“Battle of the River Plate” 70th anniversary Dec 12, 2009 16:22:12 GMT 12
Post by kiwithrottlejockey on Dec 12, 2009 16:22:12 GMT 12
War veteran's memories echo down the years
By DAVE EAMES - The New Zealand Herald | 4:00AM - Friday, December 11, 2009
Sixty-five years on, Vince McGlone remains every inch the sailor despite
hearing problems from unrelenting gunfire. — Photo: Steven McNicholl.
Eighty-two minutes of gunfire left Vince McGlone with a lifetime of hearing problems — not just deafness, but background noise, as well.
"It's not just a gentle little whistle, it's like a great diesel engine moving through your head."
The 93-year-old, from Torbay on Auckland's North Shore, was one of more than 300 Kiwis serving aboard the HMNZS Achilles when — accompanied by the HMS Ajax and HMS Exeter — it encountered the German pocket battleship Admiral Graf Spee, in the early days of World War II.
The ships had for days been following the Graf Spee, which had been picking off merchant vessels in the South Atlantic.
Finally, early on the morning of December 13, 1939, they found her about 400km off the coast of South America.
The Achilles was the first ship to open fire, turning its guns on the Graf Spee at 6.20am — a full minute ahead of the Ajax.
"And we never let her [the Ajax] forget it."
Though Mr McGlone did not take part in the fighting — his 10cm guns were too small to be effective — he watched from the gun director control tower as shells exploded all about him.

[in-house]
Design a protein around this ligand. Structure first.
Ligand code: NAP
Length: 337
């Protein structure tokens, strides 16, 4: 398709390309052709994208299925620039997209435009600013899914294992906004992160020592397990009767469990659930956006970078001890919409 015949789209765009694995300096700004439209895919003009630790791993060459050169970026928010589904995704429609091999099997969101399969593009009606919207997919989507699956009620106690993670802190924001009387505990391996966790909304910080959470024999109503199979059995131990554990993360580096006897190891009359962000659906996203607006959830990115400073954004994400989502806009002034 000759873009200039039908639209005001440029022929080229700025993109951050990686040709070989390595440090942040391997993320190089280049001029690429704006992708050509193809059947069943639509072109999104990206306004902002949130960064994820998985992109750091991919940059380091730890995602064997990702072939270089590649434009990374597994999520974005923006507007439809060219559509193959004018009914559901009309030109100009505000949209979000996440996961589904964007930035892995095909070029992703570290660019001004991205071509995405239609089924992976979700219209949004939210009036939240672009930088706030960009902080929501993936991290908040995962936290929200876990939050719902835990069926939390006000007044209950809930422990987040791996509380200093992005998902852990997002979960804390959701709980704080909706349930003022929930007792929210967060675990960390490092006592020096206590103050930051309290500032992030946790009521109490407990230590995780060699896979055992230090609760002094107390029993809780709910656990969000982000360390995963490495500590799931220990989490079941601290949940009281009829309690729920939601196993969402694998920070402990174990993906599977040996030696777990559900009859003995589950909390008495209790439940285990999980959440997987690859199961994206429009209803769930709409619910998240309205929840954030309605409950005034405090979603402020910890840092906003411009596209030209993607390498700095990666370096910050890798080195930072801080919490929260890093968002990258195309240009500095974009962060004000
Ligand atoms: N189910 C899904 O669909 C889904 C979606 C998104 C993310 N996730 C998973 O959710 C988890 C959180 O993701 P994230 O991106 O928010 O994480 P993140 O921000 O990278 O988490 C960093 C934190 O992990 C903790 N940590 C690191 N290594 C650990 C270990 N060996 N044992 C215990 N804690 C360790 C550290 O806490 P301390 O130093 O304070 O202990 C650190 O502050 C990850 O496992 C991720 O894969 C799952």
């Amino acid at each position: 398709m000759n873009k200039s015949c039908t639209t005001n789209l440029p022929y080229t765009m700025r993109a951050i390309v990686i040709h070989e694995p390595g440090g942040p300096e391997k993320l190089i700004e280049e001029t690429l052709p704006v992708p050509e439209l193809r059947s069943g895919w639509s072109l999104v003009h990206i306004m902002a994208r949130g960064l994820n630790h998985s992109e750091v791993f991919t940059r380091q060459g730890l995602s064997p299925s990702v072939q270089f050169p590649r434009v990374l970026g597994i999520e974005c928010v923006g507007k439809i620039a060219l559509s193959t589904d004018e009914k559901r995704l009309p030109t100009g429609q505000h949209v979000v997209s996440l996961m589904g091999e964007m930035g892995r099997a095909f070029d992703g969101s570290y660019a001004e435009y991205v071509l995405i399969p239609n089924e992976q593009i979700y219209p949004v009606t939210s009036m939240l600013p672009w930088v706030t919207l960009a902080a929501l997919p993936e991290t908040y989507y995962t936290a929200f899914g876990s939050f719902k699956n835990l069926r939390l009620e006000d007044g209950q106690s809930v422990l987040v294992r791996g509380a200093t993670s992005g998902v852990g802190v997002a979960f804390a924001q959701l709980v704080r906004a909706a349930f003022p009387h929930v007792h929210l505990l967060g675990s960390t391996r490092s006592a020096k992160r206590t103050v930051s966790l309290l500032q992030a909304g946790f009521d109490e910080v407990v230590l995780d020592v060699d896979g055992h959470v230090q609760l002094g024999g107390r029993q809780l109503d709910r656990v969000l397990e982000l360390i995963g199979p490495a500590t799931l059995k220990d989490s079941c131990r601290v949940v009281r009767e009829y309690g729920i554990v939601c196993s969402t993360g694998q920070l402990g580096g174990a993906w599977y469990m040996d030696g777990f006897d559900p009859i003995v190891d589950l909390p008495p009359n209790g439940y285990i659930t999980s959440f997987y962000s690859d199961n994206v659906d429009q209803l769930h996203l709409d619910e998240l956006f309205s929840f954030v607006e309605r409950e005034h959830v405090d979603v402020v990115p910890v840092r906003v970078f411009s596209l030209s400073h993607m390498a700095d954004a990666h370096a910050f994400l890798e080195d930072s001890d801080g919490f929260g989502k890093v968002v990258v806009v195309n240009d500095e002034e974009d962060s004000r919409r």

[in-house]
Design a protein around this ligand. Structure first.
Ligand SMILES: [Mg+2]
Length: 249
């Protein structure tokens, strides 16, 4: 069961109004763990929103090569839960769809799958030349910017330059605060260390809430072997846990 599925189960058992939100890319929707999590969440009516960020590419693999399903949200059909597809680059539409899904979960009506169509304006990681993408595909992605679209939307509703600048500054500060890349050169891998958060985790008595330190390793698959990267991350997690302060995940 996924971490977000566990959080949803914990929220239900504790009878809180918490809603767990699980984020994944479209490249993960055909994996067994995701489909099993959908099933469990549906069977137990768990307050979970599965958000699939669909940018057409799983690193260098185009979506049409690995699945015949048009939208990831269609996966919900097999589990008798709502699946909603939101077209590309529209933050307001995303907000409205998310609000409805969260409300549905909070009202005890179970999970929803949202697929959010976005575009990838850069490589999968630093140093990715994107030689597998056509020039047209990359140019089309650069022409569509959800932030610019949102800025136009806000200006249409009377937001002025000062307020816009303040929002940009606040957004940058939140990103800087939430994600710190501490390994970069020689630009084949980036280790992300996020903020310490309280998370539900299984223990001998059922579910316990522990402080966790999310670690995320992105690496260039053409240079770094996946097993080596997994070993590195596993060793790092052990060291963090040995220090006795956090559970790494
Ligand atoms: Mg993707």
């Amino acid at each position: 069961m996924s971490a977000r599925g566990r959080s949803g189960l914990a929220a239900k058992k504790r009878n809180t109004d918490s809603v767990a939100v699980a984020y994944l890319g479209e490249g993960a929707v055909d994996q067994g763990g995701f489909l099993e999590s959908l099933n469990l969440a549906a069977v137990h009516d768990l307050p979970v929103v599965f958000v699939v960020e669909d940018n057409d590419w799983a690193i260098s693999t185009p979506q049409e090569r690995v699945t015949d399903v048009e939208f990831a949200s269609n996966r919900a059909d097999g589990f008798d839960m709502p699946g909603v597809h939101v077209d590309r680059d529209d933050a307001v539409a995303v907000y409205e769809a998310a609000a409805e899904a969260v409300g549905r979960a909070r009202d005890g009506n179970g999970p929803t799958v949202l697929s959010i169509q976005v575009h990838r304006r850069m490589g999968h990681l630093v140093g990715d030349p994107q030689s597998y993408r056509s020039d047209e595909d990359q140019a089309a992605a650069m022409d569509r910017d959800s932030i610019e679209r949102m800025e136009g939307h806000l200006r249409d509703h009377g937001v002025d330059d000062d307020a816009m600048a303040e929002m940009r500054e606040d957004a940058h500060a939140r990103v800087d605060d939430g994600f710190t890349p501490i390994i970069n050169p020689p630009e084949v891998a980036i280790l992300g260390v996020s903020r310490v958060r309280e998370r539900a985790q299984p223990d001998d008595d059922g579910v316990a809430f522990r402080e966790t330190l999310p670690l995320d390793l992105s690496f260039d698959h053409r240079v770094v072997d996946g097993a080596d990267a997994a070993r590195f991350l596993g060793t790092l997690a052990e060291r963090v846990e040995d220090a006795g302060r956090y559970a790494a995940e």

"The Yanks had a saying, there's no atheists in a foxhole. I changed it to, there's no atheists on a ship in action."
The unrelenting noise of battle also did for his hearing — and he still wears hearing aids.
After a pitched battle, the Graf Spee turned and headed for Montevideo, Uruguay.
After waiting it out in port for a few days, she was scuttled in the mouth of the River Plate on December 17.
The German crew were taken prisoner, the ship's captain — Hans Langsdorff — committed suicide.
Despite heavy damage to the trio of navy ships, the Battle of the River Plate is considered one of the Allies' early victories of the war.
This weekend marks the 70th anniversary, and though 12 Achilles crewmen remain alive, only six are fit enough to make the celebrations.
Mr McGlone — who went on to serve in a number of other major battles, including Okinawa — will be the oldest of the group, which will be attending services in Wellington and Auckland over the next three days.
Today, 65 years on, he remains every inch the sailor. He remembers his serial number — NZD1130 — and the former Mount Albert Grammar boy remembers the exact length of his service.
"From 15/1/32 to 18/6/44."
He keeps a battered notebook full of navy facts and figures in his chest pocket, and there's a faded, inky tattoo just visible on his left arm, peaking out from below his rolled up shirtsleeves.
On his return to New Zealand, Mr McGlone trained as a carpenter and joiner, working in Kaikohe and Auckland.
He never left the country again, and to this day has never held a passport.
"My passport was my white cap."
He has ignored the suggestions of family members that he take a cruise ship holiday, insisting "I have done hundreds of thousands of miles cruising".
And until today — when he will fly with his fellow returned servicemen to Wellington — he has never taken a commercial airline flight, either.